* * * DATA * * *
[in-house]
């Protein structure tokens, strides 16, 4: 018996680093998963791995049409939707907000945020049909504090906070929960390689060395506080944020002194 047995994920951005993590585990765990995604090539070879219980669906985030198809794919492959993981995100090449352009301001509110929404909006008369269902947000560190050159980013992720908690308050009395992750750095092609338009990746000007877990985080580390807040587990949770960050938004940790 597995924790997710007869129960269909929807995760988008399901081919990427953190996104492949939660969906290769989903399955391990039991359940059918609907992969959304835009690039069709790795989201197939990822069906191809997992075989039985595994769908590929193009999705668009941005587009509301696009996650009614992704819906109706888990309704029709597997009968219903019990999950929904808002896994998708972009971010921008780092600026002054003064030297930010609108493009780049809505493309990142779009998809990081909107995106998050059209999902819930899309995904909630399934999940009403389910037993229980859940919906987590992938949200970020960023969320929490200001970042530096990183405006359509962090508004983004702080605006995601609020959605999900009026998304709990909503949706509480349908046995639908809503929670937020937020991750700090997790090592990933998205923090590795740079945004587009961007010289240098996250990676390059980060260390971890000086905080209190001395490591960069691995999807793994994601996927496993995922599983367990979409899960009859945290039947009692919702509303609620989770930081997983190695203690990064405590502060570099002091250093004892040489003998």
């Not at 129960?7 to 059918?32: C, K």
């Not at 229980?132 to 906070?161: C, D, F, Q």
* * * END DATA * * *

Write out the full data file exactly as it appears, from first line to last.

[in-house]
């Protein structure tokens, strides 16, 4: 018996680093998963791995049409939707907000945020049909504090906070929960390689060395506080944020002194 047995994920951005993590585990765990995604090539070879219980669906985030198809794919492959993981995100090449352009301001509110929404909006008369269902947000560190050159980013992720908690308050009395992750750095092609338009990746000007877990985080580390807040587990949770960050938004940790 597995924790997710007869129960269909929807995760988008399901081919990427953190996104492949939660969906290769989903399955391990039991359940059918609907992969959304835009690039069709790795989201197939990822069906191809997992075989039985595994769908590929193009999705668009941005587009509301696009996650009614992704819906109706888990309704029709597997009968219903019990999950929904808002896994998708972009971010921008780092600026002054003064030297930010609108493009780049809505493309990142779009998809990081909107995106998050059209999902819930899309995904909630399934999940009403389910037993229980859940919906987590992938949200970020960023969320929490200001970042530096990183405006359509962090508004983004702080605006995601609020959605999900009026998304709990909503949706509480349908046995639908809503929670937020937020991750700090997790090592990933998205923090590795740079945004587009961007010289240098996250990676390059980060260390971890000086905080209190001395490591960069691995999807793994994601996927496993995922599983367990979409899960009859945290039947009692919702509303609620989770930081997983190695203690990064405590502060570099002091250093004892040489003998």
């Not at 129960?7 to 059918?32: C, K």
């Not at 229980?132 to 906070?161: C, D, F, Q």